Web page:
Millionaire businessman, film producer, film director, and aviator, born in Houston, Texas, USA. He studied at the California Institute of Technology, inheriting his father's machine tool company in 1923. In 1926 he ventured into films, producing Hell's Angels (1930), Scarface (1932), and The Outlaw (1941). He also founded his own aircraft company, designing, building, and flying aircraft, and bro…

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Howard (Stanley) Nemerov - Life and career, Poetry, Bibliography

Poet, born in New York City, USA. He studied at Harvard, then taught at several institutions, including Bennington (1948–66) and Washington University, St. Louis (from 1967). He was named consultant in poetry (1963–4) and poet laureate by the Library of Congress (1988), and is known for his literary prose works and blank verse, as in Collected Poems (1977). Trying Conclusions: New and Selected P…

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Howard (Winchester) Hawks - Filmography (director), Books

Film director, screenwriter, and producer, born in Goshen, Indiana, USA. A plane and car racer in his teens, he worked as a prop boy in Hollywood during college vacations. He served with the Army Air Corps in World War 1 and, returning to California to work in an aircraft factory, he soon decided to try the new film industry, where he held a variety of jobs in the production field before moving on…

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Howard Barker - The Theatre of Catastrophe, Themes, Productions, Selected Plays, Other Writings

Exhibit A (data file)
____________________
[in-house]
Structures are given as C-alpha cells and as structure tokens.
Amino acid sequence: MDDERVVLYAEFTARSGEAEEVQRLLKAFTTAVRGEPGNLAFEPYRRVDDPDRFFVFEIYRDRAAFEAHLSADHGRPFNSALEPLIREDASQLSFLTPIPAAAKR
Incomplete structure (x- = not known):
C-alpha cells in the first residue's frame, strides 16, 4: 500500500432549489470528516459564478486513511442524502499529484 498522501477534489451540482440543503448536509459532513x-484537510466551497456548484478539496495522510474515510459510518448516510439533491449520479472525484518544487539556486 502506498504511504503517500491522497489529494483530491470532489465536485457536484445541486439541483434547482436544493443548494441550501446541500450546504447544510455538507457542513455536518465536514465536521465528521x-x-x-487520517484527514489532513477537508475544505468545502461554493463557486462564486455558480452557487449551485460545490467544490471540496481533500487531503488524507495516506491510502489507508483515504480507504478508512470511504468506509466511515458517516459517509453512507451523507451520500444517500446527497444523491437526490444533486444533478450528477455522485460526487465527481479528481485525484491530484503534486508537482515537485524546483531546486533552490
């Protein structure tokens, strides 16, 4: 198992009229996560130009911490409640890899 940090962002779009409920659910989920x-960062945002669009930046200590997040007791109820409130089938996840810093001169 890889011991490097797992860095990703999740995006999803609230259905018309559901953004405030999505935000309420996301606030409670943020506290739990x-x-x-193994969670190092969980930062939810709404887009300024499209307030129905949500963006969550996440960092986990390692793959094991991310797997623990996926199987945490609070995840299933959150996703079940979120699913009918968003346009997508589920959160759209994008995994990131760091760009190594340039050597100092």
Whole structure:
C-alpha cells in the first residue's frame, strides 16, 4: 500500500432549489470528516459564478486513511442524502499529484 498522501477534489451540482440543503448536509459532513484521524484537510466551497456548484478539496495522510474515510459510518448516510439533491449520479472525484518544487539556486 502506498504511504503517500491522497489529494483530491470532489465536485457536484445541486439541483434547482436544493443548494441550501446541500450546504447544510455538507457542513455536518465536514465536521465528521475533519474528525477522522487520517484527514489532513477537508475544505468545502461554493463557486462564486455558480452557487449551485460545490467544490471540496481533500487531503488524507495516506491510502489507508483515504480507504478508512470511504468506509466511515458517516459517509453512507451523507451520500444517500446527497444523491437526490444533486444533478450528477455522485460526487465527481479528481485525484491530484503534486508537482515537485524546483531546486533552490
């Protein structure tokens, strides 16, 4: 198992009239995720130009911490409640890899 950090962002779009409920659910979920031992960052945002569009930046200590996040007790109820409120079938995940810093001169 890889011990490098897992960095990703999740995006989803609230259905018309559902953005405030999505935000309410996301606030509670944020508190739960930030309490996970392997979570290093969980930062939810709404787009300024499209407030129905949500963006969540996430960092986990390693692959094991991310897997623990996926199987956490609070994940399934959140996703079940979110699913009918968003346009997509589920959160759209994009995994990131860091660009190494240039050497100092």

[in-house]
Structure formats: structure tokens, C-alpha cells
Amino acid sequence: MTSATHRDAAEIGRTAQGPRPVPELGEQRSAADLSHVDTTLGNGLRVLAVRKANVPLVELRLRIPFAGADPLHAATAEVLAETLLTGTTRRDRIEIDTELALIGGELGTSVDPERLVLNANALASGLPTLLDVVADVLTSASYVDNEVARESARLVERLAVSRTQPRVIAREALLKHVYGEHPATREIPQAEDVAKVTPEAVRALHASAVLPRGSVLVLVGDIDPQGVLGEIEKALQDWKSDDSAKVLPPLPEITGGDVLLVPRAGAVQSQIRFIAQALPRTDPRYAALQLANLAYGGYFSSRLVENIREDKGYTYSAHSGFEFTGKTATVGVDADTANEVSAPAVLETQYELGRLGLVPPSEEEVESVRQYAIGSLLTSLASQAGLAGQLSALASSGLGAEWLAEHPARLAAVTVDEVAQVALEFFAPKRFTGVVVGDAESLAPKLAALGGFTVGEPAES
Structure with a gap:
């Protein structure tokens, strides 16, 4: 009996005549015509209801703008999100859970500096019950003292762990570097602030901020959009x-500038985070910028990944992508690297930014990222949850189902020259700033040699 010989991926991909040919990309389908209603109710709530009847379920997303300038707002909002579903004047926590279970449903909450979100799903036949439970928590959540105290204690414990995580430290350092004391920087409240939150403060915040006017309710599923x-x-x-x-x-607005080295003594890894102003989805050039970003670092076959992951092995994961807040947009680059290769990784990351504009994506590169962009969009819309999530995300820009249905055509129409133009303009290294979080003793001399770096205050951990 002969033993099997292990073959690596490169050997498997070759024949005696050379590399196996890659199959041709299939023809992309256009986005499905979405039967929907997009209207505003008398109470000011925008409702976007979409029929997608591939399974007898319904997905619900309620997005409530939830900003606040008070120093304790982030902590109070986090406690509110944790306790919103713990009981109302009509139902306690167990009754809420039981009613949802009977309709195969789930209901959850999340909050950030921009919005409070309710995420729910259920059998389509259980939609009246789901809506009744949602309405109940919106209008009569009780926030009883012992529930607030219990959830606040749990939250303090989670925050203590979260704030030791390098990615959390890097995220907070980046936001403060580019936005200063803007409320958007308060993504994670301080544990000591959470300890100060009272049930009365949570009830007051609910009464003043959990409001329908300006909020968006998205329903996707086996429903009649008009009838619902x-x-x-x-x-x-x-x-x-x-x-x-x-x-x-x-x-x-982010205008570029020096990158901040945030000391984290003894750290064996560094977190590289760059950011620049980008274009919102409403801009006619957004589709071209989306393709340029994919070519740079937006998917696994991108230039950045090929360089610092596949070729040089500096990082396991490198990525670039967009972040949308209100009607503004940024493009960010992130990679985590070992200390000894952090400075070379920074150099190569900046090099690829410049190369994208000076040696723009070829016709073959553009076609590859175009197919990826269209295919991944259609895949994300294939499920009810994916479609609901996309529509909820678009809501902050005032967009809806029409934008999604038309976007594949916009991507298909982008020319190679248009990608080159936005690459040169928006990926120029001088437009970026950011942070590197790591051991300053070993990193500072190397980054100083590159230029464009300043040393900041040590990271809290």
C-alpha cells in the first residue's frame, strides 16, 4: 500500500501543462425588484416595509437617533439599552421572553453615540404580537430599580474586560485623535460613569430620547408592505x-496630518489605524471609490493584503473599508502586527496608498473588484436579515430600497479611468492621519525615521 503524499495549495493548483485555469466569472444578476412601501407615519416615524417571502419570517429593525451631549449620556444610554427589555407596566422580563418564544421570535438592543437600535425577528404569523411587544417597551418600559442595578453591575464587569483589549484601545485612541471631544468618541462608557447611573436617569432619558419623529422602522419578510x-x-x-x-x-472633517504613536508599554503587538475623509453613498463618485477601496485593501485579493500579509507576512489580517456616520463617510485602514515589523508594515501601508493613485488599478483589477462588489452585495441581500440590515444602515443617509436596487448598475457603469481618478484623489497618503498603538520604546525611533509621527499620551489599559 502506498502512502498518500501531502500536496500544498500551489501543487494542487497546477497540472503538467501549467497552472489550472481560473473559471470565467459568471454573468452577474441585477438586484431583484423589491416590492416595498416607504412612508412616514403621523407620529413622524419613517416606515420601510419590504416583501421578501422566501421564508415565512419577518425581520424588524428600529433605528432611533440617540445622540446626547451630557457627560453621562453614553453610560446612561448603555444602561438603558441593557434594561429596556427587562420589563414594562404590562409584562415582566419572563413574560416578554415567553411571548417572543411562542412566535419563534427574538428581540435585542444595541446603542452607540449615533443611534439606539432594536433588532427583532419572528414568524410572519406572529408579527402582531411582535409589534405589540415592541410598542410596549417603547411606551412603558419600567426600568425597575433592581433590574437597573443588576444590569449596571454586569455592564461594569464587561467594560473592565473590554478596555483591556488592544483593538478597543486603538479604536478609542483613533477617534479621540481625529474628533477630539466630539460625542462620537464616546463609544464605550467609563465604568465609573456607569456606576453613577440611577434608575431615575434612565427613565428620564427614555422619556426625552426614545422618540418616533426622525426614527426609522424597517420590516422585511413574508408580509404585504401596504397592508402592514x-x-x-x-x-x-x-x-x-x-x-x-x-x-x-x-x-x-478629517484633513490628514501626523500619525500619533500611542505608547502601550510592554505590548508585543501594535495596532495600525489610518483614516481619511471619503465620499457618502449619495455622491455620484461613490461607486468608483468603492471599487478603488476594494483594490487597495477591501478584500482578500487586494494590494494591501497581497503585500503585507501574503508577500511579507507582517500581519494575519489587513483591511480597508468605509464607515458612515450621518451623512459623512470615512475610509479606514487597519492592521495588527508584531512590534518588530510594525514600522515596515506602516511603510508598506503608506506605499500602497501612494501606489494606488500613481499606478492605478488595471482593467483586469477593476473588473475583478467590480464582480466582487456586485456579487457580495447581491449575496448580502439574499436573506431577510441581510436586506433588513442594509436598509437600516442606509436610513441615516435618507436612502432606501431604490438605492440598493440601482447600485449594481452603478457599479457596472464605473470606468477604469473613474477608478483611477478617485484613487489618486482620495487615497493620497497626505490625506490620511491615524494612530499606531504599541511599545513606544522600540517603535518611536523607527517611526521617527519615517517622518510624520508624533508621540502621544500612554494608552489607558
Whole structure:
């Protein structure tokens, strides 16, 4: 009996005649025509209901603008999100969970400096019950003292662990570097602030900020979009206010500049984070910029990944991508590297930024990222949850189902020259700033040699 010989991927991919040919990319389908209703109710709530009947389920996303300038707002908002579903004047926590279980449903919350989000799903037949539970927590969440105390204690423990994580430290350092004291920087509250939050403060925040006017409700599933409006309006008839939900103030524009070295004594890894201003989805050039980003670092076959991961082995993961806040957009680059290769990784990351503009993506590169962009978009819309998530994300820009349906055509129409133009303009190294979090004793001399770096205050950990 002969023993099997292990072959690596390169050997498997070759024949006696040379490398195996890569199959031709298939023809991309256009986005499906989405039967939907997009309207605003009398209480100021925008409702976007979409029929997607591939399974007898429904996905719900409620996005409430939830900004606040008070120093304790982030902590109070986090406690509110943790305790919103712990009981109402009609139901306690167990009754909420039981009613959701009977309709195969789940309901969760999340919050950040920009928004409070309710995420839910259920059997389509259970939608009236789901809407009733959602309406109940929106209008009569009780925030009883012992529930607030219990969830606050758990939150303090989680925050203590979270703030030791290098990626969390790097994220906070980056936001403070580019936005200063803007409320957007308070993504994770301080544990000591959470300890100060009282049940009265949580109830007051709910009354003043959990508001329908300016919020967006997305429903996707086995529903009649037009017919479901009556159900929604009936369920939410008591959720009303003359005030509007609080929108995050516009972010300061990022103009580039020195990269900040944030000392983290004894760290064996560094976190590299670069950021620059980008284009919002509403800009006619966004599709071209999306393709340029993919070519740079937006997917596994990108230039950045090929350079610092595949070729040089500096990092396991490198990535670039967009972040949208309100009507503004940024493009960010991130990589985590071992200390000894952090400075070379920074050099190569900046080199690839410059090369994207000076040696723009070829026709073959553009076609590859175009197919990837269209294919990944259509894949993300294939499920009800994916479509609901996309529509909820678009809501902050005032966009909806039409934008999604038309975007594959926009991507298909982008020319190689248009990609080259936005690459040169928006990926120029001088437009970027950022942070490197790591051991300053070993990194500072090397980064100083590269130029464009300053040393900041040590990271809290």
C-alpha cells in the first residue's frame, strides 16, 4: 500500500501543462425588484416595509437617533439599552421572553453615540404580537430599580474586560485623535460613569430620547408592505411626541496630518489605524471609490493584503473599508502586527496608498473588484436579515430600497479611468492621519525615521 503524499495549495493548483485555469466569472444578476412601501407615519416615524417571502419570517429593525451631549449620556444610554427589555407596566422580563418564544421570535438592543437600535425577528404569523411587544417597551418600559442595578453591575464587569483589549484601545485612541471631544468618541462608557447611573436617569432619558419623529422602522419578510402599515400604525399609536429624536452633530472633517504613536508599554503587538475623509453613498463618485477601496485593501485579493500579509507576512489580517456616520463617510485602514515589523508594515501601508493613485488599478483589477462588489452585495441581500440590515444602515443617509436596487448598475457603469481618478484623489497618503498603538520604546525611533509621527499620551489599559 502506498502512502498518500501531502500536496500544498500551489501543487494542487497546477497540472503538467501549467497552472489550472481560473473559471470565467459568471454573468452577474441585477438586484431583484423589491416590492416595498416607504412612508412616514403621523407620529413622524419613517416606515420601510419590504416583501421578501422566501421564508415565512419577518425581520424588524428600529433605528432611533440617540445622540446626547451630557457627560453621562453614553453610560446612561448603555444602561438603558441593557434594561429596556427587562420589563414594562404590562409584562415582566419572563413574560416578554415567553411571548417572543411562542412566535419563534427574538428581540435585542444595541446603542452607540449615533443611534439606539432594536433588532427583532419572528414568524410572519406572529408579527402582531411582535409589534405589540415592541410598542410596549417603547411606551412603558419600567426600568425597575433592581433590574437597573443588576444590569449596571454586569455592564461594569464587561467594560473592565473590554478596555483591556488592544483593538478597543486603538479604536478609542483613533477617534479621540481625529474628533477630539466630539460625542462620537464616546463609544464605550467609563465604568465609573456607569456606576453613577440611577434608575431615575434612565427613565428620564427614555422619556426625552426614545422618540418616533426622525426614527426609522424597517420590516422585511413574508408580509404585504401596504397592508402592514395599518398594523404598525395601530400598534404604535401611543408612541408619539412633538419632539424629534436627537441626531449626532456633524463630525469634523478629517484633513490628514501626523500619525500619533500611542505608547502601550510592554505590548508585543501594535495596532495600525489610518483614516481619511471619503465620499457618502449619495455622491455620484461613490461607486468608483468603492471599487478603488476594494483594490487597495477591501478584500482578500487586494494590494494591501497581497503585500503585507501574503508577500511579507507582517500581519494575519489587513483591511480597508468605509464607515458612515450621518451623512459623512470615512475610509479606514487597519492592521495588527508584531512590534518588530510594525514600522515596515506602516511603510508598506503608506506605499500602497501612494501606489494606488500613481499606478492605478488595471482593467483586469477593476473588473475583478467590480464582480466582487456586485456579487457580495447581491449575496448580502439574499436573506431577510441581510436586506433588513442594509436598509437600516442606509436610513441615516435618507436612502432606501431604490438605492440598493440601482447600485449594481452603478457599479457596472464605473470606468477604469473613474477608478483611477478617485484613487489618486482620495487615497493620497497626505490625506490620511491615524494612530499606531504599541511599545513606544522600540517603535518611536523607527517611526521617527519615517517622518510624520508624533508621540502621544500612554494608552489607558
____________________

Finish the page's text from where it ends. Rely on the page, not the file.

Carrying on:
Playwright, born in London, UK. He studied history at the University of Sussex. His first play, Cheek, was produced at the Royal Court Theatre in London in 1970. He has since written over 20 plays, including Stripwell (1975), Victory (1983), The Power of the Dog (1984), and The Possibilities (1988). Later works include The Europeans (1990) and A Hard Heart (1992). Barker has coined the term…

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Howard Brenton - Plays, Screenplays, Awards

Playwright, born in Portsmouth, Hampshire, S England, UK. He studied at Cambridge, wrote for fringe theatre companies during the late 1960s, and was resident playwright at the Royal Court Theatre, London (1972–3). His plays include Weapons of Happiness (1976), The Romans in Britain (1980), The Genius (1983), Moscow Gold (1990, with Tariq Ali), and Berlin Bertie (1992). Further work with Ali inclu…

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Howard Cosell

Sports broadcaster, born in Winston-Salem, North Carolina, USA. After a brief career as a lawyer, he became a sportscaster for ABC (1956) and was the boxing announcer throughout Muhammad Ali's career. Famous for his signature remark, ‘Telling it like it is’, his opinionated broadcasts for Monday Night Football won him fans and detractors alike. …

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Howard Dean - Early life and education, Personal life, Vermont political career, 2004 presidential candidacy

US politician and physician, born in New York City, New York, USA. He studied at Yale University (1971), gained his MD at Albert Einstein College of Medicine (1978), and then set up in private practice with his wife, Dr Judith Steinberg Dean. Entering politics as a Democrat, he served in the Vermont House of Representatives (1982–6), becoming lieutenant governor (1986–91), and then governor (199…

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Howard Dietz - Broadway credits, London credits, Songs

Librettist and lyricist, born in New York City, New York, USA. He served in the US Navy during World War 1, then went to work in public relations for Metro-Goldwyn-Mayer. He began to write lyrics for Jerome Kern and other composers before beginning a long collaboration in 1929 with composer Arthur Schwartz. He wrote lyrics for their successful revue The Little Show (1929) and the musical The Band …

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Howard Hanson - Discography